18 May 2001

Ramaphosa’s black empowerment plan challenges government's economic strategy

South Africa's President Thabo Mbeki is considering how to react to the black empowerment report which effectively challenges the main precepts of official government policy and has been delivered by a major political rival, Cyril Ramaphosa. The plan seeks to resurrect the Reconstruction and Development Plan, unceremoniously bundled off the stage when the African National Congress came to power in 1994 and replaced by the current neo-liberal prescription. In the present political climate many local observers therefore view the Black Economic Empowerment Commission's report as a platform on which Ramaphosa can build a challenge.

The 'National lntegrated Black Economic Empowerment Strategy' criticises the record of Gear, the government's Growth, Employment and Redistribution plan, to which Mbeki has nailed his colours. The raison d'être of this policy has been to secure high rates of growth, but the black empowerment plan instead call the country's economic growth rate ”disappointing" and call for government intervention. It maintains that the development of black economic empowerment "has to be a state-driven programme' since it encompasses Reconstruction and Development Programme priorities such as job creation, rural development and infrastructure development.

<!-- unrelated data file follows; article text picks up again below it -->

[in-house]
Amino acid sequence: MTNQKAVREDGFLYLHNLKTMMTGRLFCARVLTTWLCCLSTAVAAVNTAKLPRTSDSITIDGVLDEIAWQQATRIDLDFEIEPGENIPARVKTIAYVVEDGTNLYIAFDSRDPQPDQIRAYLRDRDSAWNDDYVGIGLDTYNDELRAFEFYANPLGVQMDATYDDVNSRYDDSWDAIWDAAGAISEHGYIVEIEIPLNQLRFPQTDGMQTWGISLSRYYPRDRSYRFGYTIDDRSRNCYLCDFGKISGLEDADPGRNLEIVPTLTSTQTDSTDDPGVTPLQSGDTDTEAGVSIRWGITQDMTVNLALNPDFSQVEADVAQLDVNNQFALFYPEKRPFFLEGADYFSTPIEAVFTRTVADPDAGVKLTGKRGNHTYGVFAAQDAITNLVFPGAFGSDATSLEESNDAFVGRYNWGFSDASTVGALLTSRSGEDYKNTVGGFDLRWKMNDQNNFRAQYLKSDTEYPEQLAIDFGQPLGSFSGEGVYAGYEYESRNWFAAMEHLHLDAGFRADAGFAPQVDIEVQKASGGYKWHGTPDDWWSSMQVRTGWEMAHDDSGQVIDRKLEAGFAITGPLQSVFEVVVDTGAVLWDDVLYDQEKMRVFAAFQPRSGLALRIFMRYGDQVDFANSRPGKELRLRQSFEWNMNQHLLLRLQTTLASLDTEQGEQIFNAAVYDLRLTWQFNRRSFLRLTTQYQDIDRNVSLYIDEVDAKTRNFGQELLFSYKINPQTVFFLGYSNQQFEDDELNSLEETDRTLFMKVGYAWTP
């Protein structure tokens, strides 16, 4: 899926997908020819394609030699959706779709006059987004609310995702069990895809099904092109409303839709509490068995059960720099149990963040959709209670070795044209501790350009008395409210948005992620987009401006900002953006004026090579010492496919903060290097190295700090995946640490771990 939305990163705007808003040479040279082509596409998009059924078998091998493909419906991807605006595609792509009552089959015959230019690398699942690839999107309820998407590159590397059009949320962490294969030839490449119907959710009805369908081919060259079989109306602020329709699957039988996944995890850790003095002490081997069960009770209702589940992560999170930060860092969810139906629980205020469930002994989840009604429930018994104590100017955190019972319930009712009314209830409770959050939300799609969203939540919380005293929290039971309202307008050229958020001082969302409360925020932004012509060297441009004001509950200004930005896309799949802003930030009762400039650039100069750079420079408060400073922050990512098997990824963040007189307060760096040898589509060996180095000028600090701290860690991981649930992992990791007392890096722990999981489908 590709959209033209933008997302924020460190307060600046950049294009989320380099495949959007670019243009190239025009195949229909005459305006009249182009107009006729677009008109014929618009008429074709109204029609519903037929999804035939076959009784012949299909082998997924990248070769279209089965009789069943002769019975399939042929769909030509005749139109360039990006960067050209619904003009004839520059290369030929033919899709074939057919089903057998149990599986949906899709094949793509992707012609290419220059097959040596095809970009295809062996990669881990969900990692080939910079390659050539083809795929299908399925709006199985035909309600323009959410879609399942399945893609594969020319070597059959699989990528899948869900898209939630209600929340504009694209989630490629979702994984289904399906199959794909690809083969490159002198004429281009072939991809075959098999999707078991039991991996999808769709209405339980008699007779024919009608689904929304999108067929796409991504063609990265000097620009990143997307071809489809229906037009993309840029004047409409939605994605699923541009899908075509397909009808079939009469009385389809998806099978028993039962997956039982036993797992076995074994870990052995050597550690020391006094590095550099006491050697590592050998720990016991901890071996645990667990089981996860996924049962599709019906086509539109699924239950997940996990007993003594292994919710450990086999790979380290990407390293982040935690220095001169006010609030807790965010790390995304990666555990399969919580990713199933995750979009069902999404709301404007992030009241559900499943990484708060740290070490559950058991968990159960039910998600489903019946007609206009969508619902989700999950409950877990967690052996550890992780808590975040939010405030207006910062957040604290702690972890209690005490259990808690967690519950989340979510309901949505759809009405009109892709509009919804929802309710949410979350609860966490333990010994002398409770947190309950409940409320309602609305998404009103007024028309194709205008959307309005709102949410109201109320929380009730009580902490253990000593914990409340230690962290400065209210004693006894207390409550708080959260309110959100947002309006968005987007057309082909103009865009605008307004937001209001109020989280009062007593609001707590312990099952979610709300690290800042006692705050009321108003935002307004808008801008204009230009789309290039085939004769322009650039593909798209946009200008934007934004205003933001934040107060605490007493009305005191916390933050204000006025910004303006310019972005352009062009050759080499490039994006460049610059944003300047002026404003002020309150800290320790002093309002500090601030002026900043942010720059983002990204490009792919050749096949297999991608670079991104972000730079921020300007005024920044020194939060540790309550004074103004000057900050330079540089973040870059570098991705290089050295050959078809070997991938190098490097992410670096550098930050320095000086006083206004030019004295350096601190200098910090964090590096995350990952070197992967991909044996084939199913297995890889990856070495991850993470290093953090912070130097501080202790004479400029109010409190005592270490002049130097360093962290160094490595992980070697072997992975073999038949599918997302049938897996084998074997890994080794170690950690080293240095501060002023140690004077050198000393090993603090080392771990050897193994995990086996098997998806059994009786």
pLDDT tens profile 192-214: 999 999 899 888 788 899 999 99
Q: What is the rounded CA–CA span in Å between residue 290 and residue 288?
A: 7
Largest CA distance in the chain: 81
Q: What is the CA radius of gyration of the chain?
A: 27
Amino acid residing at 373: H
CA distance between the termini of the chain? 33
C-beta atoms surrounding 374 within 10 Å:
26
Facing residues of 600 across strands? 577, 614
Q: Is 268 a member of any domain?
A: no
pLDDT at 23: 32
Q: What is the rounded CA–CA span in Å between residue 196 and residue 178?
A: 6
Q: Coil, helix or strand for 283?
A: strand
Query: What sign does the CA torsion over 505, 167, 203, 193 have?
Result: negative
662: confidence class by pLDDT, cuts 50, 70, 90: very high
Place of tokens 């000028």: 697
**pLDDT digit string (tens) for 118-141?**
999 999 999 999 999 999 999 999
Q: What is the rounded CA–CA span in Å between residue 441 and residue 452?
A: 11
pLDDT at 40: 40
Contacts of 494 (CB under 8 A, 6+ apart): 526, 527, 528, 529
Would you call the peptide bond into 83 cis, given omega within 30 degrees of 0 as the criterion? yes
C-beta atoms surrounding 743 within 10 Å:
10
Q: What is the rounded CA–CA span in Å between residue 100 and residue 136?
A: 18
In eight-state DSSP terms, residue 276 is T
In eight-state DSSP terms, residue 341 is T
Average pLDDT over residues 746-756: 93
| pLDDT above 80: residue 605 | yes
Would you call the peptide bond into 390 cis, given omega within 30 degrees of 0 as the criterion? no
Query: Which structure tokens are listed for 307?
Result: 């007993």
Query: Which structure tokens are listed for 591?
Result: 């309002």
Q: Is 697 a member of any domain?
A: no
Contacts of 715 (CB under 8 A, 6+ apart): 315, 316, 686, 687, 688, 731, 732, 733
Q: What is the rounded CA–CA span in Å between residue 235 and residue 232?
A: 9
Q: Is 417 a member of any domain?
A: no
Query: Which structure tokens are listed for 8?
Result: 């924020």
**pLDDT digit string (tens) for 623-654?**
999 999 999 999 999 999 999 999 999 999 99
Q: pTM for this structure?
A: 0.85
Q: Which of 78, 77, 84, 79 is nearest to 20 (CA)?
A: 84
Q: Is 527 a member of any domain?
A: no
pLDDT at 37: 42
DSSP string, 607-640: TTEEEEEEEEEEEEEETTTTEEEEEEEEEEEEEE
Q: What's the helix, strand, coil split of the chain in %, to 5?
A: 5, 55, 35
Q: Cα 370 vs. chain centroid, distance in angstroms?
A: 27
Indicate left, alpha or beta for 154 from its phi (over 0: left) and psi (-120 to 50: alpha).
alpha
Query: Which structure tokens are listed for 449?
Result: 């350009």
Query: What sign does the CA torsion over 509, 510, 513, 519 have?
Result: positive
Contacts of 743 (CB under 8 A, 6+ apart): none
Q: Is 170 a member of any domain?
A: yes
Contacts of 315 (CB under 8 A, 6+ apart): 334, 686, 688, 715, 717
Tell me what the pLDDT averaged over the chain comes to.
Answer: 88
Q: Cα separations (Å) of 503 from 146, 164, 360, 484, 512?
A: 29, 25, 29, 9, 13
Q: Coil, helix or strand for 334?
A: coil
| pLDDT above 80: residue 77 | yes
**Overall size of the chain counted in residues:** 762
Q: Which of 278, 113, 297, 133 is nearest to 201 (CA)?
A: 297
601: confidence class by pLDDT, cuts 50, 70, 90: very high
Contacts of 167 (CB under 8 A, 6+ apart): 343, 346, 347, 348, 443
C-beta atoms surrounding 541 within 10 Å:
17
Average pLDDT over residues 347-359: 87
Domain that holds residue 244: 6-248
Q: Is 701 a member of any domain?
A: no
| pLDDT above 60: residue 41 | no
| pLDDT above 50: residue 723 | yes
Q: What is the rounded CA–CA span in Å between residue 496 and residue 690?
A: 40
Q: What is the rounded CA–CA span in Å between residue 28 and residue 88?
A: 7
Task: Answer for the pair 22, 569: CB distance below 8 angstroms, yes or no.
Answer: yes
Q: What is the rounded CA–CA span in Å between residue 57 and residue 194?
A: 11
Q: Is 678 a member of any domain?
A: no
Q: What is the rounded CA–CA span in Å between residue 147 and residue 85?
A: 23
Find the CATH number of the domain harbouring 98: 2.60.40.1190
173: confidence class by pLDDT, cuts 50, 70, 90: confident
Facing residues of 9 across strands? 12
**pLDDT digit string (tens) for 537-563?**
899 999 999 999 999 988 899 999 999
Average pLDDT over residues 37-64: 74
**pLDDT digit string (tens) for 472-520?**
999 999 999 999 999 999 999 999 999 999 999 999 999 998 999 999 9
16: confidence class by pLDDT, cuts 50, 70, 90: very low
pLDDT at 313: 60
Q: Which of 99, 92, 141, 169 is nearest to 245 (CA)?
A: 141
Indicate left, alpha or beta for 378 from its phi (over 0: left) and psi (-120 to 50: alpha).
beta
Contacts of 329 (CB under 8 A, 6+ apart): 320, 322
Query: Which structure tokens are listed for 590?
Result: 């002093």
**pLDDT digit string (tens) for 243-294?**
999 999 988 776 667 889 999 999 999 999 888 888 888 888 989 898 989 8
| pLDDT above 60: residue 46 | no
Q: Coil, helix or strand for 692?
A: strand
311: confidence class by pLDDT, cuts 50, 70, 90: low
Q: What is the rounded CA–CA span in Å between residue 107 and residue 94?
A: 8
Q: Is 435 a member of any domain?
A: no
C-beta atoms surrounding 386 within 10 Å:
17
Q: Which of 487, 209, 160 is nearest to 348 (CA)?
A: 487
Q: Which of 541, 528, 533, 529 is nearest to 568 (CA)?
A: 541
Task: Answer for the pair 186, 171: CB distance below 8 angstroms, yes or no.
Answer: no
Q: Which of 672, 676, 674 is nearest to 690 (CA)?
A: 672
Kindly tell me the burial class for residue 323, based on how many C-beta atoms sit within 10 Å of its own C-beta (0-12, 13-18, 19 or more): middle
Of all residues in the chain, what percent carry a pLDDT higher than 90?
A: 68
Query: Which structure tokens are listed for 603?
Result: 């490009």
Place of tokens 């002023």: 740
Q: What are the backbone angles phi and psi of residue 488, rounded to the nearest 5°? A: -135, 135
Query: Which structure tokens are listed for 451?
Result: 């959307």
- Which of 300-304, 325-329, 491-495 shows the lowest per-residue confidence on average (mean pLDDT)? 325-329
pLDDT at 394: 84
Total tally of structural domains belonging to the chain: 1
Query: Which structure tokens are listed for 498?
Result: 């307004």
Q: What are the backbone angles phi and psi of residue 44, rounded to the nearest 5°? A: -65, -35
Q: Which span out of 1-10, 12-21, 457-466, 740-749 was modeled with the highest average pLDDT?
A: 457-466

Mbeki officially welcomed the BEEC report, produced under the chairmanship of Ramaphosa, when he presented it late last month, in the midst of allegations that he was plotting against the president. He is apparently still being investigated by the security service.

The publicity surrounding these accusations has revealed to public view previously unacknowledged power politics in the ANC, and the Black Business Council was this week seeking to avoid the potentially embarrassing juxtaposition of Ramaphosa and Mbeki on a public platform when the response to the report is made.

The report is a challenge to Mbeki's neo-liberal orthodoxy in a number of ways.

  • First, it rejects the central Gear role for foreign direct investment in securing the necessary growth rates. Instead it proposes forced domestic investment at high levels.
  • Then it rejects the reliance on the free market to engender growth; instead it calls for the state to direct key investment.
  • Finally, while in the main it seeks the development of a new bourgeoisie, it emphasises rural development through state intervention, black women's empowerment other human capital development and measures to increase employment.

Thus it has secured trade union support by its proposals for boosting employment in the privatisation process. Cosatu economists like Neva Makgetla have called it "holistic".

(SouthScan Vol 16, No.10)


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